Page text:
Those criticised for following a Paleo diet are warned that they are missing out on vital nutrients as they are removing grains from their diet. If we weigh up a diet high in grains, primarily from refined grains in the Western diet, to a diet high in fruit and vegetables as well as cultured foods, you don’t need to be a nutritional scientist to guess which one comes up on top.
Why are these same critics not warning that 80% of the Australian population is in danger of health-related issues as they are failing to get the health benefits from eating sufficient fruit and vegetables?
Picky eating in children.
If we actually did a comprehensive independent study to check the nutritional status of Australian children, it would be a sad report to read. Practitioners like myself who deal with children, see nutritional deficiencies constantly and the medical and mental outcomes of these deficiencies. Deficiencies and disorders like anaemia, metabolic syndrome, anxiety, aggression and depression are common. Yes, we can supplement them, worse still medicate them, however how does this help with the long-term well-being of the individual?
Teach them to eat better and you set their health up for life.
So, when you go to your paediatrician with concerns about your child’s picky eating and are told – he looks healthy and is tracking well on the growth and weight charts – don’t worry about it! No, we don’t need to do any testing to confirm this. Or.. We don’t want to put “him” through the trauma of a blood draw.
Logically – does this make any sense to an intelligent person?
Logically a child on a diet of:
- Chicken nuggets (only one supermarket brand sometimes)
- Bread and vegemite sandwiches
- Refined CHO rich diet
- High sugar
- High salt
- Minimal or no vegetables
- Occasionally one fruit
- Minimal meat, no fish
How can you NOT be concerned that a growing child – who has high nutritional needs – is not getting sufficient nutrients? Are they sucking the nutrients they need out of the air?
- Iron, zinc and selenium
- Vitamin B12, D and folate (especially if they have a MTHFR mutation)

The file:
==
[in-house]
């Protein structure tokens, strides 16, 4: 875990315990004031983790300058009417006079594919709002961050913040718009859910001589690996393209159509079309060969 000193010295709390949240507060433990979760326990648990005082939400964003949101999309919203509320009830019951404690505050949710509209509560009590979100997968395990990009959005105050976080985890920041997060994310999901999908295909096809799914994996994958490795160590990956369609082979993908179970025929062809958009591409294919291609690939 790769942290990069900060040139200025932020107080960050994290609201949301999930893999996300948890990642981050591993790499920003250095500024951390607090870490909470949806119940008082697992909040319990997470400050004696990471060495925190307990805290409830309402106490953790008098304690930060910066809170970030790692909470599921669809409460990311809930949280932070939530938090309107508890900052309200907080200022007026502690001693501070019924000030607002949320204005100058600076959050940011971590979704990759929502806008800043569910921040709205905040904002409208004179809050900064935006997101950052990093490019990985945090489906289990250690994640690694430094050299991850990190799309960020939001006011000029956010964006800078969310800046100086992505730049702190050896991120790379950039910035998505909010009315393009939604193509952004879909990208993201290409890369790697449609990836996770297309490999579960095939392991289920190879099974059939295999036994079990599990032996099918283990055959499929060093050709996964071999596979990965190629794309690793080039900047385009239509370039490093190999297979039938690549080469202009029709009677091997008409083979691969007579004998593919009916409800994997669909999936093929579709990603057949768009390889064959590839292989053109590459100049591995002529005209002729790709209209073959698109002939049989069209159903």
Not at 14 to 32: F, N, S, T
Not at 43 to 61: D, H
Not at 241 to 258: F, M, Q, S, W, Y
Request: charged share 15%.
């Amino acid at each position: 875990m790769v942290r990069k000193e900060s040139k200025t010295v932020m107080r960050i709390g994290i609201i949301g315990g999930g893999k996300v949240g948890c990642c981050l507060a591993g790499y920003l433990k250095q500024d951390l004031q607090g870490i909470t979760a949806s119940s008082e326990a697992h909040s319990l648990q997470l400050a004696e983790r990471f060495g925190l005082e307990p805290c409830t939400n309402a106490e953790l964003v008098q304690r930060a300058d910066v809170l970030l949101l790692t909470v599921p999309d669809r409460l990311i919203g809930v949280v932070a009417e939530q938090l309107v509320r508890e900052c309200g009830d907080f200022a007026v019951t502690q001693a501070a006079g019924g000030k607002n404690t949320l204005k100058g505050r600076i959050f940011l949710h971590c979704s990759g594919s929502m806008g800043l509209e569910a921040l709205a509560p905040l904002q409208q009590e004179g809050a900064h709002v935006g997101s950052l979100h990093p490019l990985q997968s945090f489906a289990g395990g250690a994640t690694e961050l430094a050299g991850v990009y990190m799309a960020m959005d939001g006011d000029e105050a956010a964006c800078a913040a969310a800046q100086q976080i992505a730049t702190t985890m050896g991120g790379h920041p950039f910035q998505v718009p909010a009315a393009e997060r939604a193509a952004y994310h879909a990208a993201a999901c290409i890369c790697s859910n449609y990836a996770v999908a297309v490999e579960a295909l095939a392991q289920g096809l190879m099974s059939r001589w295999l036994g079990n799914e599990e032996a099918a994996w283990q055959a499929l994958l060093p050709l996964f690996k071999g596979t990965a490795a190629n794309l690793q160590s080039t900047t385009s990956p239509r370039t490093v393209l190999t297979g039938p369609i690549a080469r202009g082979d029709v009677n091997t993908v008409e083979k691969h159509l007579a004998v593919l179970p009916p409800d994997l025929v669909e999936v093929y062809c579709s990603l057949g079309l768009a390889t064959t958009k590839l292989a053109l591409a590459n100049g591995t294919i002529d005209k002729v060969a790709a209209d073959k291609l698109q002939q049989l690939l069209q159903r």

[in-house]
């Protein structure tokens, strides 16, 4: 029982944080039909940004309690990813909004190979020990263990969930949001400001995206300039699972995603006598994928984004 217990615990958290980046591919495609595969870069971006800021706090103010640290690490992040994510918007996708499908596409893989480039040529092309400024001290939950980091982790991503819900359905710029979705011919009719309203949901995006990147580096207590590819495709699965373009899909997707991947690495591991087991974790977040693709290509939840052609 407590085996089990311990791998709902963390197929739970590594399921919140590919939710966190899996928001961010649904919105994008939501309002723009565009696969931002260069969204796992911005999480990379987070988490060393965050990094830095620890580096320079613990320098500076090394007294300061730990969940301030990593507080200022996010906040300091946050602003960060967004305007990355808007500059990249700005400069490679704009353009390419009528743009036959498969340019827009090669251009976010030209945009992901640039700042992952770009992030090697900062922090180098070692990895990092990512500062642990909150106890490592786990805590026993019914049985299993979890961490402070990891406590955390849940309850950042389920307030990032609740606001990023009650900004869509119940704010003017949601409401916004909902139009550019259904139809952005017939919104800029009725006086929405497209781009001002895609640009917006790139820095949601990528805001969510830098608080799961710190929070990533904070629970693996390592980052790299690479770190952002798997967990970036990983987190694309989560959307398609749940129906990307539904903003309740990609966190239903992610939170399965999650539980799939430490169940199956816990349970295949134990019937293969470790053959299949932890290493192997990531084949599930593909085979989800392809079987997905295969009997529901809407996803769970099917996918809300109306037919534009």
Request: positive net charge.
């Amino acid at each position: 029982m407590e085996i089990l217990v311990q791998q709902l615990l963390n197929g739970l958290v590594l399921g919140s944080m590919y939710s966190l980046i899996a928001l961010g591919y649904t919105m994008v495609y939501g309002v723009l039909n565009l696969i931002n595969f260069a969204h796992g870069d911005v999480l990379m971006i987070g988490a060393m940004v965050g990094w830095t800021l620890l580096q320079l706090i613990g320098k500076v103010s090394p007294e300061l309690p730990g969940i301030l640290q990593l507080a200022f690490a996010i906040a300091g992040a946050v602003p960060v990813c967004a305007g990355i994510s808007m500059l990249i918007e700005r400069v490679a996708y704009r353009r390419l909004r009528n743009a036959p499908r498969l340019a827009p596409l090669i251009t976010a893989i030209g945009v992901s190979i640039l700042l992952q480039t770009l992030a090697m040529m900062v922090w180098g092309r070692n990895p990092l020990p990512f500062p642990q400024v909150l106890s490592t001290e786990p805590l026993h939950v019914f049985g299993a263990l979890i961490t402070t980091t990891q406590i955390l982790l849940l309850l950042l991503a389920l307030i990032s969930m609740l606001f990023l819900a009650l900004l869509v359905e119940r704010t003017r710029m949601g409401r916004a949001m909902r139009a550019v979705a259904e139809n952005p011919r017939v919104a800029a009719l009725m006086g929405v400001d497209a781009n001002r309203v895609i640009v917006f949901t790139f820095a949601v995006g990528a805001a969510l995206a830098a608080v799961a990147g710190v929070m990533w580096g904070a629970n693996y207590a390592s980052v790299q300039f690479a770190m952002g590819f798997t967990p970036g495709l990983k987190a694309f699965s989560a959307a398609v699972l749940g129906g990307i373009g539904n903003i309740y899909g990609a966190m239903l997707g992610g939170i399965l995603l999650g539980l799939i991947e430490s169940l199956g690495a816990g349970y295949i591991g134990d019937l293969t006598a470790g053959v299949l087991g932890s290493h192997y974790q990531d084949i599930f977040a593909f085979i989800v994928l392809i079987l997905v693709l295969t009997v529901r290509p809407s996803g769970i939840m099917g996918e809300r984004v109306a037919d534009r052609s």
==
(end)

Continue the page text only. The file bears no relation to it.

- Iodine (very high deficiency in pregnant women and children in Australia)
- Fibre – so their gut flora has something to grow on
- Omega-3 essential fatty acids
My final piece of logic. So,
- 80% of parents are not eating sufficient fruit and vegetables
- These are the same people that are preparing daily meals for their children
- Therefore, logically 80% of children would not be eating sufficient fruit or vegetables
- Throw in a child that is a ‘picky eater’ and the statistics would probably be even more alarming
I was going to conclude that – “the majority of adults and children’s future health and wellbeing is stuffed!”
However, in the climate of political correctness let me rephrase that. It is never too late to change how we eat. The earlier in life we make these changes, the quicker we see results (as The First Critical 1000 Days of Life article points out). We can still make changes as we get older, but it will take longer to see the benefits.
Arguing that people who are concerned about their current diet, are risking their health by following an alternative diet, does not make sense. Especially, since 80% are not following the critics recommendations! AND the emphasis on low-fat is clearly not working, given Australia’s newest epidemic – 11.2 million Australians are overweight or obese.
The possibly of being deficient in a few key B group vitamins on a gluten or grain free diet – is the least of your worries. Being deficient in a whole host of nutrients on a typically deficient Western diet is clearly a serious major concern.